Universities and the National Union of Students have welcomed the passage of a bill giving universities the right to collect fees for campus services but the law prohibits students using the money for political activity.
Under the Higher Education Support Amendment (Student Services and Amenities) Bill passed by the Senate yesterday, universities can charge a fee of up to $263 per student in 2012 and use the money to pay for services such as sports facilities, career or financial advice, child care and food services.
The fee, expected to provide universities with more than $250 million over four years, will be charged under a HECS-style system allowing students to defer payment of the fee until they are earning a decent income.
“Students have a clear interest in how their fees are being spent. Universities will be required to consult with students on the specific uses of the proceeds from any services and amenities fees,” said Minister for Tertiary Education, Senator Chris Evans, who added that the new fee would help regional campuses rebuild amenities.
Universities Australia, which represents all 39 universities in Australia, described the passage of the bill as “a relief.”
“It will reinvigorate student life and enable universities to once again provide the fundamental services that help students to navigate university, achieve success in their studies, and participate in sport and the university community,” the group’s CEO, Dr Glenn Withers said.
“Voluntary Student Unionism was introduced in 2006 and since then it has been the students who have suffered rather than benefited. In order to provide essential student services and amenities such as legal support, health services, counsellors and sporting venues, our universities were forced to divert funds originally slated for research or teaching. This was simply not sustainable.”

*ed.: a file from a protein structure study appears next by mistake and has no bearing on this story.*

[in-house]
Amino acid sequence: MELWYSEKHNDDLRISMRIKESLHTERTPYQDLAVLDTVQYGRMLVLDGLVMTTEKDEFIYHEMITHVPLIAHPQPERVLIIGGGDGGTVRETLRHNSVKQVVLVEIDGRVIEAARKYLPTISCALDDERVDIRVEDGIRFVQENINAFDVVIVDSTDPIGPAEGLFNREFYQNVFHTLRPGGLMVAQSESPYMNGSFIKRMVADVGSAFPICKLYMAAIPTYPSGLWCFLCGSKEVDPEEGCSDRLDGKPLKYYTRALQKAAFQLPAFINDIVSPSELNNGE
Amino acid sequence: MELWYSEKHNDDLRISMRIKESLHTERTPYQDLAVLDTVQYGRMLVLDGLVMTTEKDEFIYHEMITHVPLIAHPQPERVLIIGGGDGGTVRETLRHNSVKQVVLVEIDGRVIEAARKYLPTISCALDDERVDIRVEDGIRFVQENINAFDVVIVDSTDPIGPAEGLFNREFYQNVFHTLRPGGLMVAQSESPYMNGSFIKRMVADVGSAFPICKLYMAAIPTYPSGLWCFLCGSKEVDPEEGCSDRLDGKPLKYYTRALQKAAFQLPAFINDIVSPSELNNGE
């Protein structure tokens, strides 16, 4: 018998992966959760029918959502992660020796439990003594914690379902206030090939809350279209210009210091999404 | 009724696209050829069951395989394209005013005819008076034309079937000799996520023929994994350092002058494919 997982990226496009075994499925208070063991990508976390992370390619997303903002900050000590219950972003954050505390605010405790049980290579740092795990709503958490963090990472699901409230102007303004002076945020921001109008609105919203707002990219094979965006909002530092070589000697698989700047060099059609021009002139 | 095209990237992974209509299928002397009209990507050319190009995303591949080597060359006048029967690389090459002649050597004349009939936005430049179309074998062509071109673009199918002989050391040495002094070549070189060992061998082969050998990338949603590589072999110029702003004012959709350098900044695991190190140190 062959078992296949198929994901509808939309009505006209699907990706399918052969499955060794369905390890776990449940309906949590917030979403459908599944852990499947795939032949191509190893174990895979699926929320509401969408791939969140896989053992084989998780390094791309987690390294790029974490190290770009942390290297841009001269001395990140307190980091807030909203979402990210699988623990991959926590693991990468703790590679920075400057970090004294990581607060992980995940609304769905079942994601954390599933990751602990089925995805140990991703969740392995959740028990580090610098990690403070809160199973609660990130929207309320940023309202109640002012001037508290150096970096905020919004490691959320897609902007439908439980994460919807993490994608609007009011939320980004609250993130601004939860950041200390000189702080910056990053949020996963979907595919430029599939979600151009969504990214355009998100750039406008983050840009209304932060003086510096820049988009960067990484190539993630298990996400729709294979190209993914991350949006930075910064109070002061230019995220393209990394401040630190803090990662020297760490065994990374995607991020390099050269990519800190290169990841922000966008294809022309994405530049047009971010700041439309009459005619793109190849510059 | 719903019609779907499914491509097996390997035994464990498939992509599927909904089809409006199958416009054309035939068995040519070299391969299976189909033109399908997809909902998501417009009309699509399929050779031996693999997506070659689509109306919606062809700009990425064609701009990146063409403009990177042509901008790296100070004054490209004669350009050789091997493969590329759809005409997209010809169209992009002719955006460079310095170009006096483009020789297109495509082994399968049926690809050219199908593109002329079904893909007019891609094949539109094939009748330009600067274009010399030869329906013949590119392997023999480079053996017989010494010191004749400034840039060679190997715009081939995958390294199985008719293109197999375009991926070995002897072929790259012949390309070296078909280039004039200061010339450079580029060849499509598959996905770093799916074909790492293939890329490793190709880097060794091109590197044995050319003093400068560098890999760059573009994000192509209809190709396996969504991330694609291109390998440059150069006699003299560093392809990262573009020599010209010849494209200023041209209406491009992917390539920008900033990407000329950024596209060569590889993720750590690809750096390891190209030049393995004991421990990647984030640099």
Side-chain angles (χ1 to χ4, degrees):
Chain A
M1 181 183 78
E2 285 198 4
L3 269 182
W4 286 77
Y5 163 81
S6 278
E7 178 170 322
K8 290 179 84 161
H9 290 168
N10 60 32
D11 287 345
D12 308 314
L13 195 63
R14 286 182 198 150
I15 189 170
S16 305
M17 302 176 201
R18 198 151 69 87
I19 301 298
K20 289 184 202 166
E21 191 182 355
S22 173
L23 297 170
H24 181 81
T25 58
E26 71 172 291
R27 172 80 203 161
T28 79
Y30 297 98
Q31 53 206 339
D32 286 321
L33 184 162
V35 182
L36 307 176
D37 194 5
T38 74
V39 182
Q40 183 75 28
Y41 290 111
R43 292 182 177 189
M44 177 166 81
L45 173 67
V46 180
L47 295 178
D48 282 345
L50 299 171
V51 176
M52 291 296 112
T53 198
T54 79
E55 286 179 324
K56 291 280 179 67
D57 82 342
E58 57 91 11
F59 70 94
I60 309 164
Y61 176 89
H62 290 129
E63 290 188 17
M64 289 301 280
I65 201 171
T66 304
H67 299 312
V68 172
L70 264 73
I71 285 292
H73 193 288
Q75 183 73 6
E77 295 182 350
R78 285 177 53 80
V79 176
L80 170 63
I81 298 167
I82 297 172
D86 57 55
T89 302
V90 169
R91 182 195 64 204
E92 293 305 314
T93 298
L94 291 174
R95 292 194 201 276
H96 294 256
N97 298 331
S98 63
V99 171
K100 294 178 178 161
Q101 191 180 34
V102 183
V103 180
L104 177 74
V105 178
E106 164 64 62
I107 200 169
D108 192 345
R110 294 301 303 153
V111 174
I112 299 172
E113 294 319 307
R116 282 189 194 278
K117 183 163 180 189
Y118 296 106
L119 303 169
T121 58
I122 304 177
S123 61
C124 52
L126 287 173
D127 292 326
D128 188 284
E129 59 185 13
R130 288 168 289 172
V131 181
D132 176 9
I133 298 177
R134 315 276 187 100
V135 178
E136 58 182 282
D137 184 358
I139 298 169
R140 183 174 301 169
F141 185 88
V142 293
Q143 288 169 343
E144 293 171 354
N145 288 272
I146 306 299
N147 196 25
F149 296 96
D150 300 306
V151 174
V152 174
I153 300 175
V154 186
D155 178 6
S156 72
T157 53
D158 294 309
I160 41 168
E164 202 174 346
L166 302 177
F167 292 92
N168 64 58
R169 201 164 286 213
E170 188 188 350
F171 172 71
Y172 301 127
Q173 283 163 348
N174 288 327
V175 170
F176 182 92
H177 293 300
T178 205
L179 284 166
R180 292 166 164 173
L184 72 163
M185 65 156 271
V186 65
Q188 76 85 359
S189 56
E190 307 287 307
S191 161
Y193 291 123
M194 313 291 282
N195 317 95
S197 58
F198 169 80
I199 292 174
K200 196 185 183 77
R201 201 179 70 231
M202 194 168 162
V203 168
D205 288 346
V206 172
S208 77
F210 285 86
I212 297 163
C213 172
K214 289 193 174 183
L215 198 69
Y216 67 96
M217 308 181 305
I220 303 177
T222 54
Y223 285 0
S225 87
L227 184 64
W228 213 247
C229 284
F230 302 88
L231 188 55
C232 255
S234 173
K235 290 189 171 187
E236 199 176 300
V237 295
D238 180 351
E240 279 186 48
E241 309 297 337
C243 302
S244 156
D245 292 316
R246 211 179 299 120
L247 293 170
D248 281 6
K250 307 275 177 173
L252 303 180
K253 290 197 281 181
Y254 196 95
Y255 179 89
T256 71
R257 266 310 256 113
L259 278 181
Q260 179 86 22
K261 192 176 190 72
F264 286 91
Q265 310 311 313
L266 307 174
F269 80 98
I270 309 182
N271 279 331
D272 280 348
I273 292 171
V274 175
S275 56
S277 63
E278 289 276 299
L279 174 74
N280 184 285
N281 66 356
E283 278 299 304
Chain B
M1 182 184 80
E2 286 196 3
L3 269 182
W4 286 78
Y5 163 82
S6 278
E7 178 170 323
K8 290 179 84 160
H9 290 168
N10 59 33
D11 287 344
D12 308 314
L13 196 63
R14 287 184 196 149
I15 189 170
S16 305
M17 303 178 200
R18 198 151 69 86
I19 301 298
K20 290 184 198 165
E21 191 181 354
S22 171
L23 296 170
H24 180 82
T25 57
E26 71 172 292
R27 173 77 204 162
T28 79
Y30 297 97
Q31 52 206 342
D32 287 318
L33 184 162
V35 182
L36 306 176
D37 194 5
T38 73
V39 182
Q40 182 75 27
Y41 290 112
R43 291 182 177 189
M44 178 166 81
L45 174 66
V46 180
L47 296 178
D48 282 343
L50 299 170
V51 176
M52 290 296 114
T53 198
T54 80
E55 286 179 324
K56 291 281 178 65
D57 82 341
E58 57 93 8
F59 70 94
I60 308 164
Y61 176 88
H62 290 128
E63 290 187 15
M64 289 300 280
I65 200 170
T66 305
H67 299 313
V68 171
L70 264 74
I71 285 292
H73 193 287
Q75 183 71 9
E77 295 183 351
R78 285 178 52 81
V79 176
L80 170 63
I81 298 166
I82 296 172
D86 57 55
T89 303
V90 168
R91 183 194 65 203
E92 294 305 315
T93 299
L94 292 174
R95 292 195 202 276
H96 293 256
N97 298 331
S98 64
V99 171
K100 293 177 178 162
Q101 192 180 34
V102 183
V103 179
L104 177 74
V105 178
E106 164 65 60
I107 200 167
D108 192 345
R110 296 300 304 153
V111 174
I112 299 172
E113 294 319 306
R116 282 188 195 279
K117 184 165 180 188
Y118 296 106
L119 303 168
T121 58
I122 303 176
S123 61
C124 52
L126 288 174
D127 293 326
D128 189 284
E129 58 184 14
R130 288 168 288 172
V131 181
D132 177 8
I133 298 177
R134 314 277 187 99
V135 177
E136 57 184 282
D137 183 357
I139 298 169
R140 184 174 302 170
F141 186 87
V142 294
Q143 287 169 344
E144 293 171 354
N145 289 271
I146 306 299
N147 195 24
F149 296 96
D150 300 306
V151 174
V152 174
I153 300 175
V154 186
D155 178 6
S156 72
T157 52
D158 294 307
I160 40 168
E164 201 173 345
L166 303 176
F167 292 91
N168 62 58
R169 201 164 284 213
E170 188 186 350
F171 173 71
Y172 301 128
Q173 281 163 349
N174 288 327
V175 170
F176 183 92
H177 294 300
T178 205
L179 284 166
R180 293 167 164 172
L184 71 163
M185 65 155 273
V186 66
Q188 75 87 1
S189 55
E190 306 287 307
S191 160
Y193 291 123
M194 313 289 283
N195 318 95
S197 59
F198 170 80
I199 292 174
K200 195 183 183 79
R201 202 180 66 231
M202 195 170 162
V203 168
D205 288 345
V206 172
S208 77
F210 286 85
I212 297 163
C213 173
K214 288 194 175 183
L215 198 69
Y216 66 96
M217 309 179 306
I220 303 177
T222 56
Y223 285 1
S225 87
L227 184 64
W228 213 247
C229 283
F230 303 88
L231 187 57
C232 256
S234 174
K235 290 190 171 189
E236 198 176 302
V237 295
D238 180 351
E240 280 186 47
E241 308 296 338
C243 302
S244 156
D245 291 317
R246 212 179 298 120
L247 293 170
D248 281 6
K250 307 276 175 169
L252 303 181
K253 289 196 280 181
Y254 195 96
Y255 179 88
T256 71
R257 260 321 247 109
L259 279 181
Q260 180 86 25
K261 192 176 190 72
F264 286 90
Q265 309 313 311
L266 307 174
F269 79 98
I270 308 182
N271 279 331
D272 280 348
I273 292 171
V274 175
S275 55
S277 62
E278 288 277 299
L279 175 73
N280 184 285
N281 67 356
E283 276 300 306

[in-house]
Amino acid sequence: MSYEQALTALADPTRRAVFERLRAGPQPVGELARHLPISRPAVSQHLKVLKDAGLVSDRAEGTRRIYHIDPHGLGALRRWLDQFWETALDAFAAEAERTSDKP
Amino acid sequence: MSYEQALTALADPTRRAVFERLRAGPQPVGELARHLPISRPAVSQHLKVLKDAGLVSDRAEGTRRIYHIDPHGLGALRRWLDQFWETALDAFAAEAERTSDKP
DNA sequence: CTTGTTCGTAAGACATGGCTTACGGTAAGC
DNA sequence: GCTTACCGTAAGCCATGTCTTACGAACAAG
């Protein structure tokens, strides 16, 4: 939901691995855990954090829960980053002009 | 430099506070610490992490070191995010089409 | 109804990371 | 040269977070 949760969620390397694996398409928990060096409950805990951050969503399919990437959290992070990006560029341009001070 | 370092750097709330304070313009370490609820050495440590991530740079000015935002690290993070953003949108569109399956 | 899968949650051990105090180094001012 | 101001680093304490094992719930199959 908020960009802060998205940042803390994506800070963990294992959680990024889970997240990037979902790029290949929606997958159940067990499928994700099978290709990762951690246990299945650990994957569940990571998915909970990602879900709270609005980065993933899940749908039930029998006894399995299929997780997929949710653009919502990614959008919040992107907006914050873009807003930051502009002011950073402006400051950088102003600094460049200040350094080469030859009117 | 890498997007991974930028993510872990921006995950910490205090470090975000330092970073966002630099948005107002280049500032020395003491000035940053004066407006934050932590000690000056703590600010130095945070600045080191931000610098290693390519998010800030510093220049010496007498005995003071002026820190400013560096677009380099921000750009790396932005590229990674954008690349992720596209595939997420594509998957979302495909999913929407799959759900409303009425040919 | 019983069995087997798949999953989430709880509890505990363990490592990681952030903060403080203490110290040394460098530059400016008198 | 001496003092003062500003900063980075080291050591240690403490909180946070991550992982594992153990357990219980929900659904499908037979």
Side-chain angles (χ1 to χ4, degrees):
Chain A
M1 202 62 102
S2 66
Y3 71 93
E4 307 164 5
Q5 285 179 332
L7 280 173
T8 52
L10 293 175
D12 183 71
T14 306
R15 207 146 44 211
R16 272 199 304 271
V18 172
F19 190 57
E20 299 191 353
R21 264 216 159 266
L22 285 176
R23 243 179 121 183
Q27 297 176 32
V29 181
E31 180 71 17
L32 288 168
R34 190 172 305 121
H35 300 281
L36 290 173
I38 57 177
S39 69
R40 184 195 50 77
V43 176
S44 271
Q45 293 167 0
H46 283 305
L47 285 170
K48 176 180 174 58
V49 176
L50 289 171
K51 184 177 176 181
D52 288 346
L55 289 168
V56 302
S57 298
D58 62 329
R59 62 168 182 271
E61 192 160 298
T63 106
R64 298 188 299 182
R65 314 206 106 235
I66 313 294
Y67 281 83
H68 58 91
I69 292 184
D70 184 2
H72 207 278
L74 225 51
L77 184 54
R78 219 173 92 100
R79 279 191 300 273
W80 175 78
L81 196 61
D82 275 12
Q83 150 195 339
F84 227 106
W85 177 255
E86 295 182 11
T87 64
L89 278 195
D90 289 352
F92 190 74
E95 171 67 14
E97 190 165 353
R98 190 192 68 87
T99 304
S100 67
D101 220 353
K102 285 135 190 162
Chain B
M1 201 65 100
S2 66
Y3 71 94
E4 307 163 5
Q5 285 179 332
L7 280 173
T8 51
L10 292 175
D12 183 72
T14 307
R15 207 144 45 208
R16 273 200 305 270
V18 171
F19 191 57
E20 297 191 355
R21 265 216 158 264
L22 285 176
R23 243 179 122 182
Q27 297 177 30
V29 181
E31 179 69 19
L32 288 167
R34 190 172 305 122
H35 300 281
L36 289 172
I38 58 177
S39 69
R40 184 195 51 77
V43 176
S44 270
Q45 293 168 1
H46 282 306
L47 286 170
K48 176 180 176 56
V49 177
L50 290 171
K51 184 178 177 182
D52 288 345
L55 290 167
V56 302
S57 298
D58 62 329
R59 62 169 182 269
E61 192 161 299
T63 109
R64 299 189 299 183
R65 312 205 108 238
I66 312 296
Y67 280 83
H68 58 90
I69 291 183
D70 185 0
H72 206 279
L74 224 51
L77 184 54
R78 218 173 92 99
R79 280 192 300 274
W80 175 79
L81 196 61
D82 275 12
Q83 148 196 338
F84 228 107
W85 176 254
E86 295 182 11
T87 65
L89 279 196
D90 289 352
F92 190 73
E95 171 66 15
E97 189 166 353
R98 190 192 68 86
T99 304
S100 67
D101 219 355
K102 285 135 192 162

No politics, please
The law goes some way to reversing Voluntary Student Unionism (VSU) rules brought in by the previous coalition government, which took away the right for student unions to collect a mandatory fee to pay for campus activities, including political campaigns by student activists.
However, the new bill specifically outlaws fee revenue being used to support a political party and universal union membership will be prohibited.
Anti-VSU activists have argued that without the right to universal student union membership and well-funded student activism, student rights would be undermined and student-driven political campaigns on broader social issues like refugees or the environment would be weakened.
The National Union of Students said universities must consult meaningfully with students on how their money is spent.
“We understand the concerns government and the community had in wanting this fee to be spent in an appropriate way. We are happy for student organisations to work with universities to determine the best way to do that,” said NUS president Jesse Marshall.
“We would hope all universities would work with their student organisations to find the best blend of student services and advocacy.”
Mr Marshall said the ban “is quite rightly on student money going toward funding any political campaign.”
Professor Ian Young, Vice-Chancellor of The Australian National University said he was very pleased the bill had passed.
“A high-quality educational experience for students requires a broad range of support services. The amenities fee will allow universities to, once again, provide such services,” he said.